Um. By taking that analogy, I'd have to put the UK in the role of the abusive spouse... Always putting our partner down, nitpicking, placing everything in a negative light, trying to get it all our own way...

    Maybe the EU should divorce us and sue for maintenance...?
    • x12yhp
    • By x12yhp 13th Oct 18, 2:14 PM
    • 781 Posts
    • 435 Thanks
    x12yhp
    So better just to stay in the EU and get sucked in to pumping in even more money to prop up a bureaucratic monolith?

    The reason the heads of the EU are giving the UK such a hard time is because they know there is a risk that other countries will leave and the whole thing will fall apart (particularly the richer countries). Its all a lot more fragile than they would have us believe.
    Originally posted by motorguy
    This is the normal, conspiracy theory, view. The EU is, ultimately, an evil empire in waiting. Hitler has been planning this all along and his spawn are secretly putting our funds to use in a century long plan to have Germany control the world. I have a lot of German friends and colleagues and this is as insulting as it is laughable.

    There are going to be exceptions, and the most vocal tend to be them. However, most casual brexit voters I have spoken with find a lot of surprises when the impact of the EU, on them, is looked at properly. Many of my parents generation will find surprise that, for instance, their kids enjoy and have enjoyed perks which have been paid for by the EU. My PhD and years of research was funded by the EU (in which time the UK bodies were restructuring and unable to sort their head from their feet - lets see how they manage on their own). Much of the university work which went on around me was the same. Many of those who voted out from rural back grounds didn't recognise that their subsidies were EU derived (and don't say they will be picked up by the UK, you DONT KNOW that). We have had infrastructural upgrades thanks to the EU. The EU makes big contribution to training grants and similar. These things are all up in the air. There is no guarantee of this status quo remaining. In the even of a no deal, you can be certain that many things will fall apart whilst we fight to maintain critical systems - that's just how big projects, done in a rush, work.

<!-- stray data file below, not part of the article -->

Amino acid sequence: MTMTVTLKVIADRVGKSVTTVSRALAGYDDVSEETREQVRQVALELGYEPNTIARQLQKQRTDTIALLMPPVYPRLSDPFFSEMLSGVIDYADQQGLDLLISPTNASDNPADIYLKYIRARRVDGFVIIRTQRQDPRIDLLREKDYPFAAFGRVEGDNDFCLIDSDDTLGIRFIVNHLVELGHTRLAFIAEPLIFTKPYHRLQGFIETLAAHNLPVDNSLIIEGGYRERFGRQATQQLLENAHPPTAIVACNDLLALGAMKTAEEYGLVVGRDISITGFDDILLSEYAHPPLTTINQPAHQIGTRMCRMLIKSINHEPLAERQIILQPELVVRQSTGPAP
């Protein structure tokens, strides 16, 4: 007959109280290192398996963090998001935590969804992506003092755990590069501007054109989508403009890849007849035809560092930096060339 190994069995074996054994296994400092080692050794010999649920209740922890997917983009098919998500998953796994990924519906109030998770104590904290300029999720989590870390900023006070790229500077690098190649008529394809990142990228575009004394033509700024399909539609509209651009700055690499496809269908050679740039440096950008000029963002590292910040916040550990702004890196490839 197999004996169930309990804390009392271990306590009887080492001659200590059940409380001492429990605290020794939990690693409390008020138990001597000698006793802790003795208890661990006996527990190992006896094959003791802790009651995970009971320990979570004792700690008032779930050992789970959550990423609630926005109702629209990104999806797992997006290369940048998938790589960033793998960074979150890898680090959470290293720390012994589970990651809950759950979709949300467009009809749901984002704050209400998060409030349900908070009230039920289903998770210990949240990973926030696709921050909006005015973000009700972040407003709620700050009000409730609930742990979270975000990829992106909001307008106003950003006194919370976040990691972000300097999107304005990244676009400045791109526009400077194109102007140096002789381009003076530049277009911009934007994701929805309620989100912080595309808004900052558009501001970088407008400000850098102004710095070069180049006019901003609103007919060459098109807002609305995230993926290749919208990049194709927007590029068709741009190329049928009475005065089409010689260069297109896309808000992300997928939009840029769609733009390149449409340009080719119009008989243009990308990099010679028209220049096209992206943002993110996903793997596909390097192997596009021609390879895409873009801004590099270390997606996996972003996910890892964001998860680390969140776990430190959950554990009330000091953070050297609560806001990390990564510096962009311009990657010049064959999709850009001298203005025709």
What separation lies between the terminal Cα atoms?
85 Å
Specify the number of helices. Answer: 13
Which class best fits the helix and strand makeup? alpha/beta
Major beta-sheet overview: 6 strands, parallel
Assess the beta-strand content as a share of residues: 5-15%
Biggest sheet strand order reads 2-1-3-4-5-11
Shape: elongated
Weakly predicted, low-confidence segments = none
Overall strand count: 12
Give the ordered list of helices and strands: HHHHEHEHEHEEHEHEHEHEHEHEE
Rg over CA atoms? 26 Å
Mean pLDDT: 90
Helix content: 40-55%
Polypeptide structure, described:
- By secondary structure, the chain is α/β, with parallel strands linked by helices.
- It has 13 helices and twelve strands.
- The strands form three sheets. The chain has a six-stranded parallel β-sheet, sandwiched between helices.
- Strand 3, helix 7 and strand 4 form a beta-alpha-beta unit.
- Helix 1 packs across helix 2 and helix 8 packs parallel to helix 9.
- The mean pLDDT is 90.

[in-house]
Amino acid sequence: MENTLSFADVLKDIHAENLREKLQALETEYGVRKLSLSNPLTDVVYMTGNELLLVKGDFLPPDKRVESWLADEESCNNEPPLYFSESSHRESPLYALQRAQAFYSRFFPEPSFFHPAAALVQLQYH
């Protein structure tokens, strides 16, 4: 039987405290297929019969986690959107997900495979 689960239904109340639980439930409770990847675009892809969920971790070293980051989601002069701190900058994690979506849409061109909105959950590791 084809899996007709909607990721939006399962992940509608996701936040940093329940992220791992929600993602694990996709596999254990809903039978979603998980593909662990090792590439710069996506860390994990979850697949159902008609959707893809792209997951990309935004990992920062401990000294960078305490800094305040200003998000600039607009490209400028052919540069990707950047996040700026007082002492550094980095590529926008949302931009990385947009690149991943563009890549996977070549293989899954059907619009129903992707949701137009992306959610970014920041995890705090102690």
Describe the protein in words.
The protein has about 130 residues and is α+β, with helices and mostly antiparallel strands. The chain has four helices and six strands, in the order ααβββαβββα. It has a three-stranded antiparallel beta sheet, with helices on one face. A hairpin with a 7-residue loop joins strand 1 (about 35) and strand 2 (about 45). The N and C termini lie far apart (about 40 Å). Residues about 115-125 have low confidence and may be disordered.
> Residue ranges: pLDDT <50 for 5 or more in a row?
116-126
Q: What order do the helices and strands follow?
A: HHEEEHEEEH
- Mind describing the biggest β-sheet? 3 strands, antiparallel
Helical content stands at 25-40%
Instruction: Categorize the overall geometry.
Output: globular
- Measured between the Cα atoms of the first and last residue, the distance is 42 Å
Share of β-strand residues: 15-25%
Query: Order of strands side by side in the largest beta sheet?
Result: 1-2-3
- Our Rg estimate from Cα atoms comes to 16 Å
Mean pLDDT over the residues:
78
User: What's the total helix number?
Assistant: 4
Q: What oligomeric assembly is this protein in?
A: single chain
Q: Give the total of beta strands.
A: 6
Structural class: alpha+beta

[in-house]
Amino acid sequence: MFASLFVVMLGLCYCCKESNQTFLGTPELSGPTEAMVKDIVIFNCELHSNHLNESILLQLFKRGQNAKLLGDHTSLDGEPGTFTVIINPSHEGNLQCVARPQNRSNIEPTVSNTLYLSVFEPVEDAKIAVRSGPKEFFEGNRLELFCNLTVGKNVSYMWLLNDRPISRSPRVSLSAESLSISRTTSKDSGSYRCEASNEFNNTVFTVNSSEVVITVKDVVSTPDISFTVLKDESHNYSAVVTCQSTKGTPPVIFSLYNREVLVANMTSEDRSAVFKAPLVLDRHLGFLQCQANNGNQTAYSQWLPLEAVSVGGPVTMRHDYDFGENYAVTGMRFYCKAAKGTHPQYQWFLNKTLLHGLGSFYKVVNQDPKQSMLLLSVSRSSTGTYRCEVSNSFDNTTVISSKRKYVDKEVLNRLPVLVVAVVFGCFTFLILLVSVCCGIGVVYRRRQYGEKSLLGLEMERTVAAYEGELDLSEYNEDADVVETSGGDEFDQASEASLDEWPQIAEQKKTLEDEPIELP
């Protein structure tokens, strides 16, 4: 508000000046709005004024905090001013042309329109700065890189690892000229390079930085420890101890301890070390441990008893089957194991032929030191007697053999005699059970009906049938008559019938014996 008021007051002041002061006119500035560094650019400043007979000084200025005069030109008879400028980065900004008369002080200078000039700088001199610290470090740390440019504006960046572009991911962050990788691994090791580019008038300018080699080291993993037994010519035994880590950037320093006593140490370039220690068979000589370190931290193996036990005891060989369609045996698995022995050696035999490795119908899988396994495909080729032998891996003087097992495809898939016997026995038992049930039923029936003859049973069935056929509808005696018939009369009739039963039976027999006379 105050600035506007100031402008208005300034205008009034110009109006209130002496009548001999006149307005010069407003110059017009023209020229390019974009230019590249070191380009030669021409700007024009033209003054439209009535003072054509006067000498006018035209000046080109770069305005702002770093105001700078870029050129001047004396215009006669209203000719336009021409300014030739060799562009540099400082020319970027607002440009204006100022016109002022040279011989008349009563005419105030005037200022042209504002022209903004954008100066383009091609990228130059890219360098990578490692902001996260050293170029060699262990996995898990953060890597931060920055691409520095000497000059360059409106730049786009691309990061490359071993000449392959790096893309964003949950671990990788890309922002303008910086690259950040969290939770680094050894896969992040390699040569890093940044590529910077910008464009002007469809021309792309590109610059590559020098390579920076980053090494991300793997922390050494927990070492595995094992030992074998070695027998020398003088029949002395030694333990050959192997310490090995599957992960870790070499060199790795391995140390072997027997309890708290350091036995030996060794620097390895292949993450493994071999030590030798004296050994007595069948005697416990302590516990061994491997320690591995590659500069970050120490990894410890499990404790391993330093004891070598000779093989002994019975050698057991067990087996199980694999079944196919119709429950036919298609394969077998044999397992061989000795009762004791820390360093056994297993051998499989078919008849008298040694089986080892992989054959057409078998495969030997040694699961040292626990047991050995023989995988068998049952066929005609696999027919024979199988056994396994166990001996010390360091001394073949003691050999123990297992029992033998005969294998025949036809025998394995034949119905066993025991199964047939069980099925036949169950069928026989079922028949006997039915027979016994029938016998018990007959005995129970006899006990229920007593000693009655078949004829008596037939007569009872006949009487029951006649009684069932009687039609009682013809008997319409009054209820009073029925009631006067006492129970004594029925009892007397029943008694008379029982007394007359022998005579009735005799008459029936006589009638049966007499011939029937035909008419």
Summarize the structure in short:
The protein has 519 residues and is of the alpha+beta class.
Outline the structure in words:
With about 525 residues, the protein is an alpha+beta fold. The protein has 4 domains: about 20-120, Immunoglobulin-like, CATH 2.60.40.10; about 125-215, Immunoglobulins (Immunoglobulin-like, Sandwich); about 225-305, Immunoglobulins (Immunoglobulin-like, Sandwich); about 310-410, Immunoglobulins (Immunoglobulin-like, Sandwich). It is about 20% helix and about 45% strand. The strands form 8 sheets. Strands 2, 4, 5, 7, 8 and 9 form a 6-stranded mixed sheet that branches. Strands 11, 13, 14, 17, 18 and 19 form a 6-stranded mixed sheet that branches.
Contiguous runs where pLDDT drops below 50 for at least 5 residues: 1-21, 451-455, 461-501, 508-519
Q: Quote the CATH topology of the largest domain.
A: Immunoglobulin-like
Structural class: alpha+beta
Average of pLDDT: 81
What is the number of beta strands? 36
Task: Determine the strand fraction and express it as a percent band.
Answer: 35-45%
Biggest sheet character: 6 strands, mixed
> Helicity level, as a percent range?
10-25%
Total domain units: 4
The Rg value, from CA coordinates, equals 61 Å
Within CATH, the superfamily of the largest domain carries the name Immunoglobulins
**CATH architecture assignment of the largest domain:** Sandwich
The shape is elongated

Sorry but brexit was ill considered. It is happening and so be it but it is pure stupidity to suggest that people voted, having good confidence in what they were getting. No one has any confidence NOW. At the time of voting, they had a mix of honey and bile poured in their ears, little of it was based in fact. The sky is always going to be blue, cloud cover does nothing more than obscure it.
    Always overestimating...
    • motorguy
    • By motorguy 13th Oct 18, 6:36 PM
    • 17,582 Posts
    • 10,662 Thanks
    motorguy